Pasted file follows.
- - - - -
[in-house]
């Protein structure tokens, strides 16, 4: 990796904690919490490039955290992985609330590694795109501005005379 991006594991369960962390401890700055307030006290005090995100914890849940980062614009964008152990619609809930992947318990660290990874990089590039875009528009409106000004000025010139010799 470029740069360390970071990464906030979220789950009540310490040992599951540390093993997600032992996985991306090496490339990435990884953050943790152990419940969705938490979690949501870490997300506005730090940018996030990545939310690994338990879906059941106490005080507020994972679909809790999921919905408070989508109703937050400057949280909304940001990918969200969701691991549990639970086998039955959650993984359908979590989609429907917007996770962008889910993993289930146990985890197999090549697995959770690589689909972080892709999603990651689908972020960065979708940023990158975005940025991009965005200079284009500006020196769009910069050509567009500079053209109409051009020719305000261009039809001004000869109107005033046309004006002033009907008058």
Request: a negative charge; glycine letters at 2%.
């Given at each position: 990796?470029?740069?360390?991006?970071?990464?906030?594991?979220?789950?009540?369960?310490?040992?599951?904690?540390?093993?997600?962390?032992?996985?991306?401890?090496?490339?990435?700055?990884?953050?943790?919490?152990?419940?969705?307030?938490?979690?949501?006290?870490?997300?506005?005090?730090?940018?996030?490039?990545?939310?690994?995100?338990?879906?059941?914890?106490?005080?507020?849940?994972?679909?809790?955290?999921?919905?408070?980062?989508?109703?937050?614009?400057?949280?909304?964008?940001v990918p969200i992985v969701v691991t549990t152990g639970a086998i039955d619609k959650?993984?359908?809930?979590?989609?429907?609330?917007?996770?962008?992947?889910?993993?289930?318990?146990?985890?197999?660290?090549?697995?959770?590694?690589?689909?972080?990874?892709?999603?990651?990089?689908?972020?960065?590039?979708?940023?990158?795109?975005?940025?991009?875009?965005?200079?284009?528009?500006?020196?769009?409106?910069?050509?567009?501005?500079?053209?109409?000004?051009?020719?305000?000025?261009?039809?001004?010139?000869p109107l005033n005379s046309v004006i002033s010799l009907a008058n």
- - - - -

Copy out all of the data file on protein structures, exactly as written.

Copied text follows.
[in-house]
């Protein structure tokens, strides 16, 4: 990796904690919490490039955290992985609330590694795109501005005379 991006594991369960962390401890700055307030006290005090995100914890849940980062614009964008152990619609809930992947318990660290990874990089590039875009528009409106000004000025010139010799 470029740069360390970071990464906030979220789950009540310490040992599951540390093993997600032992996985991306090496490339990435990884953050943790152990419940969705938490979690949501870490997300506005730090940018996030990545939310690994338990879906059941106490005080507020994972679909809790999921919905408070989508109703937050400057949280909304940001990918969200969701691991549990639970086998039955959650993984359908979590989609429907917007996770962008889910993993289930146990985890197999090549697995959770690589689909972080892709999603990651689908972020960065979708940023990158975005940025991009965005200079284009500006020196769009910069050509567009500079053209109409051009020719305000261009039809001004000869109107005033046309004006002033009907008058």
Request: a negative charge; glycine letters at 2%.
């Given at each position: 990796?470029?740069?360390?991006?970071?990464?906030?594991?979220?789950?009540?369960?310490?040992?599951?904690?540390?093993?997600?962390?032992?996985?991306?401890?090496?490339?990435?700055?990884?953050?943790?919490?152990?419940?969705?307030?938490?979690?949501?006290?870490?997300?506005?005090?730090?940018?996030?490039?990545?939310?690994?995100?338990?879906?059941?914890?106490?005080?507020?849940?994972?679909?809790?955290?999921?919905?408070?980062?989508?109703?937050?614009?400057?949280?909304?964008?940001v990918p969200i992985v969701v691991t549990t152990g639970a086998i039955d619609k959650?993984?359908?809930?979590?989609?429907?609330?917007?996770?962008?992947?889910?993993?289930?318990?146990?985890?197999?660290?090549?697995?959770?590694?690589?689909?972080?990874?892709?999603?990651?990089?689908?972020?960065?590039?979708?940023?990158?795109?975005?940025?991009?875009?965005?200079?284009?528009?500006?020196?769009?409106?910069?050509?567009?501005?500079?053209?109409?000004?051009?020719?305000?000025?261009?039809?001004?010139?000869p109107l005033n005379s046309v004006i002033s010799l009907a008058n």